Apache Flume: Data Collection, Aggregation & Transporting Tool

This article was published as a part of the Data Science Blogathon.

Introduction

Apache Flume is a platform for aggregating, col . It features its query processing engine, allowing it to alter each fresh batch of data before sending it to its designated sink. It is designed to be flexible.

The design of built on streaming da ws, which makes it very simple and easy to use. Apache Flume has several adjustable dependabilities, recovery, and failover features that come to our aid when we need them.

Apache Flume has many features and lets us have a look at some of the notable and essential elements of Flume:

Flume efficiently ingests log data from many online sources and web servers into a centralised storage system (HDFS, HBase).

Flume is also used to ingest massive amounts of event data produced by social networking sites like Facebook and Twitter and e-commerce sites like Amazon and Flipkart and log files.

Flume can handle many data sources and destinations.

Flume can handle multi-hop flows, fan-in-fan-out flows, contextual routing, etc.

The flume may be horizontally scaled.

We can quickly pull data from many servers into Hadoop using Flume.

Benefits of using Flume

Using Flume has many benefits. Let us have a look at the benefits of using Flume:

We may store the data in any centralised storage using Apache Flume (HBase, HDFS).

Flume has a feature called contextual routing.

Flume transactions are channel-based, with each communication requiring two transactions (one sender and one recipient). It ensures that messages are delivered on time.

When the incoming data rate exceeds the rate at which it can be written to the destination, Flume works as a middleman between data producers and centralised storage, ensuring a continual flow of data between them.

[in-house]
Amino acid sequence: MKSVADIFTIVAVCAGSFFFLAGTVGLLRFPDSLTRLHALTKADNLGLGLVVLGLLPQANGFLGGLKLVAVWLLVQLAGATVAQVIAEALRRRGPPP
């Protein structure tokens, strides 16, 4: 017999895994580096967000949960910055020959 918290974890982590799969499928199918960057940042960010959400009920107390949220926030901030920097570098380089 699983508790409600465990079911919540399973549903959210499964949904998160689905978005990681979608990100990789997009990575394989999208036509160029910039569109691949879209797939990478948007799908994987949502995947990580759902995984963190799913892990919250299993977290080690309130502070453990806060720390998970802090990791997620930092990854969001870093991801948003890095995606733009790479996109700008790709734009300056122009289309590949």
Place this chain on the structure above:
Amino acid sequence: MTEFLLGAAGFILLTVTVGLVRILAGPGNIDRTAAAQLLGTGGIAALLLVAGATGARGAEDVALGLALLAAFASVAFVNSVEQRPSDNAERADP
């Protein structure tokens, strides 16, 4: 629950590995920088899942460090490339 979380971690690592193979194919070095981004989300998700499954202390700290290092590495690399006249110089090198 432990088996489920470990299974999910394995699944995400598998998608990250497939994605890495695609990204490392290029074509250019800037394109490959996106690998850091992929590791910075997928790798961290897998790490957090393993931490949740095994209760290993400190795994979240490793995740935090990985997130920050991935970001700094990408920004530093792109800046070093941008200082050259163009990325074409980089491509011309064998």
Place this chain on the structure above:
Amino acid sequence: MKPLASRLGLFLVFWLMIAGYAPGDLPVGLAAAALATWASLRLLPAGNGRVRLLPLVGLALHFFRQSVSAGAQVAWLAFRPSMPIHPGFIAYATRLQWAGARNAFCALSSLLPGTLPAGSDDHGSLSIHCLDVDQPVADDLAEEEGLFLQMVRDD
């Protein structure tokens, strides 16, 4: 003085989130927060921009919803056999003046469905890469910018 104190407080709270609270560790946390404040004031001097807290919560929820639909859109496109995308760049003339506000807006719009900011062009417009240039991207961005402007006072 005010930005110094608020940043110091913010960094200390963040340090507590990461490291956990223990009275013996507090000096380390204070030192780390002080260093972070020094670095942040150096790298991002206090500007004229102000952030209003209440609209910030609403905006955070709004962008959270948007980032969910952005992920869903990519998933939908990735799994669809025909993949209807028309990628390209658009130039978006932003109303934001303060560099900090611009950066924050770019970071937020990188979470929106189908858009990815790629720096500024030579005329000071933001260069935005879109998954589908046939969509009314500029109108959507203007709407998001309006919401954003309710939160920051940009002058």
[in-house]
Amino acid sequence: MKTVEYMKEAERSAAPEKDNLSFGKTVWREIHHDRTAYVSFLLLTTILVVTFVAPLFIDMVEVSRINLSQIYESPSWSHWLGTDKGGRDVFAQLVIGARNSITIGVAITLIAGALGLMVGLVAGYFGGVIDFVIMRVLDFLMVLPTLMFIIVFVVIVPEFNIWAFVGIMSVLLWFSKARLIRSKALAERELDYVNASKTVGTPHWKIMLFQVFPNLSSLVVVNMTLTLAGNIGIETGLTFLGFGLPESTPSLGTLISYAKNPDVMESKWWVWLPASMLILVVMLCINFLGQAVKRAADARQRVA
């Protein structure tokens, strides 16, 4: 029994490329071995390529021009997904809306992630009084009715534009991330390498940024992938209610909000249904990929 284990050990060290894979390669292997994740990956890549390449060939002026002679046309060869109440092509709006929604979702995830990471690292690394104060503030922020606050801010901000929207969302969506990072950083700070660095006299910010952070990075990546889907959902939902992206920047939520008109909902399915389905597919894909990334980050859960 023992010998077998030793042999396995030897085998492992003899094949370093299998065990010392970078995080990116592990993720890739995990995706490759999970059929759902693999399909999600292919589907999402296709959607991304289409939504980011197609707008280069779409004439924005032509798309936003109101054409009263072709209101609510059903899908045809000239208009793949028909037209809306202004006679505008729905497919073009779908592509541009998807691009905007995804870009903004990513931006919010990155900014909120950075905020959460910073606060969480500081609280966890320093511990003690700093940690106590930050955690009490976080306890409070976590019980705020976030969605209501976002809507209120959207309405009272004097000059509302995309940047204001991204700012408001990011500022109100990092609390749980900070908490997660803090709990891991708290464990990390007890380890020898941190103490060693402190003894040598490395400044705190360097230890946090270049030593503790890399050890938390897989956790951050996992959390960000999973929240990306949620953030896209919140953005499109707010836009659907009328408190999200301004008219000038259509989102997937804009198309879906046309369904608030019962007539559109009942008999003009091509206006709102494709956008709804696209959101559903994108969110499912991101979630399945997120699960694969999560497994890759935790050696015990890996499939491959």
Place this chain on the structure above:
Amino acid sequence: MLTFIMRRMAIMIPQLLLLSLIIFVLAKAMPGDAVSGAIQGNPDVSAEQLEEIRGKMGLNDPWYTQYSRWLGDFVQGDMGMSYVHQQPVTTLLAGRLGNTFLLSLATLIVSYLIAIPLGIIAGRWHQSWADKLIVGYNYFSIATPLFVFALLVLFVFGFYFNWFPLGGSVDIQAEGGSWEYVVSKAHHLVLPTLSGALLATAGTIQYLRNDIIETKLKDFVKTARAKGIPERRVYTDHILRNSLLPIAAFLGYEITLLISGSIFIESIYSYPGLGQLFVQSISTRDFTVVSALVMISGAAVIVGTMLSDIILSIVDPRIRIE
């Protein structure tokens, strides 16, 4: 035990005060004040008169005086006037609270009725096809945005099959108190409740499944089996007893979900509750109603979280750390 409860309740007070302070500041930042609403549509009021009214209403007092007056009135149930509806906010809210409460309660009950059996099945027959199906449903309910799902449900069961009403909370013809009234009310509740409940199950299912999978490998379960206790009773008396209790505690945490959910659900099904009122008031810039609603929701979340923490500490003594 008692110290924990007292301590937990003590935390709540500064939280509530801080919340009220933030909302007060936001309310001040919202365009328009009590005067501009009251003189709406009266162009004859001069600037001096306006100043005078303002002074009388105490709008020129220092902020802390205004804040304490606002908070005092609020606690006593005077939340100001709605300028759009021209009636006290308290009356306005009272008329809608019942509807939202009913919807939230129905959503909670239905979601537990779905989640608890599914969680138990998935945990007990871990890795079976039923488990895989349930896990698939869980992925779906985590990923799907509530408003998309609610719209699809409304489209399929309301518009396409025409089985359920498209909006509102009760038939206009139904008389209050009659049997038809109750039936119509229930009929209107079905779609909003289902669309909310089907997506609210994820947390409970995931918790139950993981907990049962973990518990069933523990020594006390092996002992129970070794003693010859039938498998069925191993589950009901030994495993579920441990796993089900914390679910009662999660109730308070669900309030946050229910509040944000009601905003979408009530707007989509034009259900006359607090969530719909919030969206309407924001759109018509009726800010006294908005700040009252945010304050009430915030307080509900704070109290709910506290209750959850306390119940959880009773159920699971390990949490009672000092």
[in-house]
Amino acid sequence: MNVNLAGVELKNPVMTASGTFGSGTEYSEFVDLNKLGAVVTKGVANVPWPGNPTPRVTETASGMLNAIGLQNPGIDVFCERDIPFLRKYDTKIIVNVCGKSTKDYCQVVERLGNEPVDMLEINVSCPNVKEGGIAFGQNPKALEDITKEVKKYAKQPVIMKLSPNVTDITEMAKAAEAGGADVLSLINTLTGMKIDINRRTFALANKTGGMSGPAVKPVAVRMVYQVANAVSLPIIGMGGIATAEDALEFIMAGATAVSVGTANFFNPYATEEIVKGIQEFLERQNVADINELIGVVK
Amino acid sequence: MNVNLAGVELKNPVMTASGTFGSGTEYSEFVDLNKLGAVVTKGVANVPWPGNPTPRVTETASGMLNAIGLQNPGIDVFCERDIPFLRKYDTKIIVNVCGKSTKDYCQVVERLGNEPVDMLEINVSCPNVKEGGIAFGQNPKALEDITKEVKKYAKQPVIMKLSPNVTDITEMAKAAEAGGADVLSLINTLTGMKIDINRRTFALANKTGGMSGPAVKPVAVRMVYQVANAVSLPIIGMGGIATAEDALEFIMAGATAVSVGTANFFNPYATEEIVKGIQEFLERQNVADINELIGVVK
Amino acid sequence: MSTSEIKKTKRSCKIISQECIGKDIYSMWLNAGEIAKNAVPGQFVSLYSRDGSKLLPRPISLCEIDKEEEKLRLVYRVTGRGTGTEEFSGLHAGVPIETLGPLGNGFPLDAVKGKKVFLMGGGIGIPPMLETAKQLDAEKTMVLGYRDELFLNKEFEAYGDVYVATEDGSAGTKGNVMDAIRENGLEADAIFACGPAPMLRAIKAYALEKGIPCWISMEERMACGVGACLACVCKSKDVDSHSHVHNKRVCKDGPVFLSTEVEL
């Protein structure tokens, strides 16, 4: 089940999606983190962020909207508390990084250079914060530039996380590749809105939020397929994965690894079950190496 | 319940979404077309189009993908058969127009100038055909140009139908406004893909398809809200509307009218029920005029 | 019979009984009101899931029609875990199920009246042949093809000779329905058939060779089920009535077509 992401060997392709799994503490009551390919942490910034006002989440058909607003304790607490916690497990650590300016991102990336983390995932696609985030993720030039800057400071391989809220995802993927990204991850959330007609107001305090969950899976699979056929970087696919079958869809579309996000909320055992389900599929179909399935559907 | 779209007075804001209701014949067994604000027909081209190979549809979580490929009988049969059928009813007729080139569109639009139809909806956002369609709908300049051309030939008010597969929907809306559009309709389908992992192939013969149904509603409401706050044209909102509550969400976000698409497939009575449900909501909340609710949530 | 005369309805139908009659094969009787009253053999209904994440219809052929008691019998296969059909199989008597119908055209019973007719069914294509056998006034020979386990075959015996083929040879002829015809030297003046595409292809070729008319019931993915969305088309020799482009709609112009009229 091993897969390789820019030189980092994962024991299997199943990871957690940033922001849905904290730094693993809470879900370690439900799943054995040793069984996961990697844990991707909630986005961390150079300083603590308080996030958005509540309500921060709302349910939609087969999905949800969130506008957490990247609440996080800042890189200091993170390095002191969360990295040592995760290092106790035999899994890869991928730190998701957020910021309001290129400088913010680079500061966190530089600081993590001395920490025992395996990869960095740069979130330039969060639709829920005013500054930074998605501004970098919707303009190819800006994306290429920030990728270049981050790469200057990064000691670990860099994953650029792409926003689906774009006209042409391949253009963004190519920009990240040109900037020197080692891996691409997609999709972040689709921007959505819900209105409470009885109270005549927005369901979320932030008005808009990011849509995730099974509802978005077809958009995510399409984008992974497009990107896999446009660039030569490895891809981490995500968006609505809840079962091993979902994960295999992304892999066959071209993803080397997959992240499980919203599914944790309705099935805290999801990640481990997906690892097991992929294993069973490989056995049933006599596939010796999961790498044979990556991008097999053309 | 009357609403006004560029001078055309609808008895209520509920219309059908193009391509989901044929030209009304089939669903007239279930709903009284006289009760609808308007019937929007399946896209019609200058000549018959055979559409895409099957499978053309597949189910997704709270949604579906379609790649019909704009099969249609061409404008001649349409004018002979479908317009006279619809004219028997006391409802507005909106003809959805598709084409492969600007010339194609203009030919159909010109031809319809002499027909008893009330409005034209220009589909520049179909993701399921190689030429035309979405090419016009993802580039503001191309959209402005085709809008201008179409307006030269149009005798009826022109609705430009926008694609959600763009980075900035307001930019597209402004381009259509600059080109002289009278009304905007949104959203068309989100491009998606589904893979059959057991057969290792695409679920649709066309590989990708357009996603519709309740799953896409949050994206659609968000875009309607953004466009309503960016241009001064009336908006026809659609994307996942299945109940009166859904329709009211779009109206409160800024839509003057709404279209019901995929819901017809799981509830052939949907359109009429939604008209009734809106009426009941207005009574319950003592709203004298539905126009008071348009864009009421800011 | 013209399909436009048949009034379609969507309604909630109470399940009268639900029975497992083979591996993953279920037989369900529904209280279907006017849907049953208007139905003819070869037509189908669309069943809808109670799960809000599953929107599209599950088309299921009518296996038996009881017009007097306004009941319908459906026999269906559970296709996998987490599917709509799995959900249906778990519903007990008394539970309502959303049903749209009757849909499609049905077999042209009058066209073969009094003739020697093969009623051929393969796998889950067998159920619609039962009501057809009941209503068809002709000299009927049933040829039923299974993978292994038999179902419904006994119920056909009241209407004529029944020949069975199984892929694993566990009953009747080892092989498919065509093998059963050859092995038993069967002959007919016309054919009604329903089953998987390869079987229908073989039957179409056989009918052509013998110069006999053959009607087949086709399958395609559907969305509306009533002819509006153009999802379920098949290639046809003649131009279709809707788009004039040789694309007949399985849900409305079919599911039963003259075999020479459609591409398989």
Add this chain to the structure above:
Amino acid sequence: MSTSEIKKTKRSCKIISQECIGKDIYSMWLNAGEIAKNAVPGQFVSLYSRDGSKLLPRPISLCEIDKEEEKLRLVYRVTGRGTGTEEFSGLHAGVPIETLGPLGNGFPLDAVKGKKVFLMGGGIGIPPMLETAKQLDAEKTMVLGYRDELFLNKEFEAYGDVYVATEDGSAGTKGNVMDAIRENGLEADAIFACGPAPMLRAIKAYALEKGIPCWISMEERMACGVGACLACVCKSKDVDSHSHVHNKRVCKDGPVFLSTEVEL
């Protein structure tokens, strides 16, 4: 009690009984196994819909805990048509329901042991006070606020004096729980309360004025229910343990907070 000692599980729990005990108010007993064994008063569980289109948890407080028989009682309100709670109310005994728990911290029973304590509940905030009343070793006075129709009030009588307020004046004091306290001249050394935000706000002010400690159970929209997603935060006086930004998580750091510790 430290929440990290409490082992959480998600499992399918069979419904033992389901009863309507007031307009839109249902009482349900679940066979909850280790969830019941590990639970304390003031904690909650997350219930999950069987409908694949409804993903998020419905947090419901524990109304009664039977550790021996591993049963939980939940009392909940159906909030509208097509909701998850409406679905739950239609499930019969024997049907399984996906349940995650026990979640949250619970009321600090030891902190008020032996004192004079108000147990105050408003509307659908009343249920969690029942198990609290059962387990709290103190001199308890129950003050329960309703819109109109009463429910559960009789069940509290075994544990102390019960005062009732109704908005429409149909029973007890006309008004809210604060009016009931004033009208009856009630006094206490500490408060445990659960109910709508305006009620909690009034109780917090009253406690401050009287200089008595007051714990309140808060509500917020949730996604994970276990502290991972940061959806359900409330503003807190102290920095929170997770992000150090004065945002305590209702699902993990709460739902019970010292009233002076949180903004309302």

Apache Flume Architecture

Flume Architecture consists of many elements; let us have a look at them:

Flume Source

Flume Channel

Flume Sink

Flume Agent

Flume Event

Flume Source

A Flume Source can be found on data producers like Facebook and Twitter. The source gathers data from the generator and sends it to the Flume Channel in the form of Flume Events. Flume supports a variety of sources, including Avro Flume Source, which connects to an Avro port and gets events from an Avro external client, and Thrift Flume Source, which connects to a Thrift port and receives events from Thrift client streams, Spooling Directory Source, and Kafka Flume Source.

Flume Channel

A channel is a transitory storage that receives events from the source and buffers them until sinks consume them. It serves as a link between the authorities and sinks. These channels are entirely transactional and can connect to an unlimited number of sources and sinks.

Flume supports the File channel as well as the Memory channel. The file channel is persistent, which means that once data is written to it, it will not be lost even if the agent restarts. Channel events are saved in memory, and therefore, it is not long-lasting but highly rapid.